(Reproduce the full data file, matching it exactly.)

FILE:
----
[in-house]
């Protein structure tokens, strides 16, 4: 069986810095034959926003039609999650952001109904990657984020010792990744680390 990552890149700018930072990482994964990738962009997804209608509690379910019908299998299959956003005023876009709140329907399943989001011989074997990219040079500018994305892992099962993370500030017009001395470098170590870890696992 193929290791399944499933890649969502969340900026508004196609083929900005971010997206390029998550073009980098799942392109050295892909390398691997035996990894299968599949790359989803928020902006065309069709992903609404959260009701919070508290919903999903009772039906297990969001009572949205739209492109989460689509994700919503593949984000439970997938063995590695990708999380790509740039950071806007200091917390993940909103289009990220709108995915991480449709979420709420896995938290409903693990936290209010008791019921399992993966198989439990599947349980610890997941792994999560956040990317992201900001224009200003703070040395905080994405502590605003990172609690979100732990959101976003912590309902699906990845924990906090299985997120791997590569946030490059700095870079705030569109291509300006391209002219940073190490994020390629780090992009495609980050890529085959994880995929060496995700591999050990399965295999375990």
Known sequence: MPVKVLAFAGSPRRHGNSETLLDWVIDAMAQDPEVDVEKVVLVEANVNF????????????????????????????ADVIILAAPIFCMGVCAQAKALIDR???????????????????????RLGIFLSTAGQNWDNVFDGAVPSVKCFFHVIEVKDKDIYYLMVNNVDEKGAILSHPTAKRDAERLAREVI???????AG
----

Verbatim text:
[in-house]
């Protein structure tokens, strides 16, 4: 069986810095034959926003039609999650952001109904990657984020010792990744680390 990552890149700018930072990482994964990738962009997804209608509690379910019908299998299959956003005023876009709140329907399943989001011989074997990219040079500018994305892992099962993370500030017009001395470098170590870890696992 193929290791399944499933890649969502969340900026508004196609083929900005971010997206390029998550073009980098799942392109050295892909390398691997035996990894299968599949790359989803928020902006065309069709992903609404959260009701919070508290919903999903009772039906297990969001009572949205739209492109989460689509994700919503593949984000439970997938063995590695990708999380790509740039950071806007200091917390993940909103289009990220709108995915991480449709979420709420896995938290409903693990936290209010008791019921399992993966198989439990599947349980610890997941792994999560956040990317992201900001224009200003703070040395905080994405502590605003990172609690979100732990959101976003912590309902699906990845924990906090299985997120791997590569946030490059700095870079705030569109291509300006391209002219940073190490994020390629780090992009495609980050890529085959994880995929060496995700591999050990399965295999375990």
Known sequence: MPVKVLAFAGSPRRHGNSETLLDWVIDAMAQDPEVDVEKVVLVEANVNF????????????????????????????ADVIILAAPIFCMGVCAQAKALIDR???????????????????????RLGIFLSTAGQNWDNVFDGAVPSVKCFFHVIEVKDKDIYYLMVNNVDEKGAILSHPTAKRDAERLAREVI???????AG